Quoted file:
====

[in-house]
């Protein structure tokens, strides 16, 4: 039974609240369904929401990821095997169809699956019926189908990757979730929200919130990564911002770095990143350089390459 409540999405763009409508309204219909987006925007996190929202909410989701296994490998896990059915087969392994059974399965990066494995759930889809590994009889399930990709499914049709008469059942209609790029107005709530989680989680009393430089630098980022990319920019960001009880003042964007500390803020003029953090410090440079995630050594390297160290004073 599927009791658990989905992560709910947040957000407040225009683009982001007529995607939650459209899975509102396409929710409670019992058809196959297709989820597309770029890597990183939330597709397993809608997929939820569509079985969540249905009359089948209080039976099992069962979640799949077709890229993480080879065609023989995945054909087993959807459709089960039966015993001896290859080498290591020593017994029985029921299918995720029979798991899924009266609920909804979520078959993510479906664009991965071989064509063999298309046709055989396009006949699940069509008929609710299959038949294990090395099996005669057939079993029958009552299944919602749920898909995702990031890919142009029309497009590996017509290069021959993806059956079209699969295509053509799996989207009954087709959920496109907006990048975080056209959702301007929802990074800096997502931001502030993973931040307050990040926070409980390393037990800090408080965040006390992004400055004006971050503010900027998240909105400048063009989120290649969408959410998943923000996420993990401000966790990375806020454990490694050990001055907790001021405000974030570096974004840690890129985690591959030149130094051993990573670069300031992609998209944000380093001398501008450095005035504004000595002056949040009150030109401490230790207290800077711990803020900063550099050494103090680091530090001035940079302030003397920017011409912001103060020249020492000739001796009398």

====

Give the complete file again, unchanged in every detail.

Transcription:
[in-house]
């Protein structure tokens, strides 16, 4: 039974609240369904929401990821095997169809699956019926189908990757979730929200919130990564911002770095990143350089390459 409540999405763009409508309204219909987006925007996190929202909410989701296994490998896990059915087969392994059974399965990066494995759930889809590994009889399930990709499914049709008469059942209609790029107005709530989680989680009393430089630098980022990319920019960001009880003042964007500390803020003029953090410090440079995630050594390297160290004073 599927009791658990989905992560709910947040957000407040225009683009982001007529995607939650459209899975509102396409929710409670019992058809196959297709989820597309770029890597990183939330597709397993809608997929939820569509079985969540249905009359089948209080039976099992069962979640799949077709890229993480080879065609023989995945054909087993959807459709089960039966015993001896290859080498290591020593017994029985029921299918995720029979798991899924009266609920909804979520078959993510479906664009991965071989064509063999298309046709055989396009006949699940069509008929609710299959038949294990090395099996005669057939079993029958009552299944919602749920898909995702990031890919142009029309497009590996017509290069021959993806059956079209699969295509053509799996989207009954087709959920496109907006990048975080056209959702301007929802990074800096997502931001502030993973931040307050990040926070409980390393037990800090408080965040006390992004400055004006971050503010900027998240909105400048063009989120290649969408959410998943923000996420993990401000966790990375806020454990490694050990001055907790001021405000974030570096974004840690890129985690591959030149130094051993990573670069300031992609998209944000380093001398501008450095005035504004000595002056949040009150030109401490230790207290800077711990803020900063550099050494103090680091530090001035940079302030003397920017011409912001103060020249020492000739001796009398």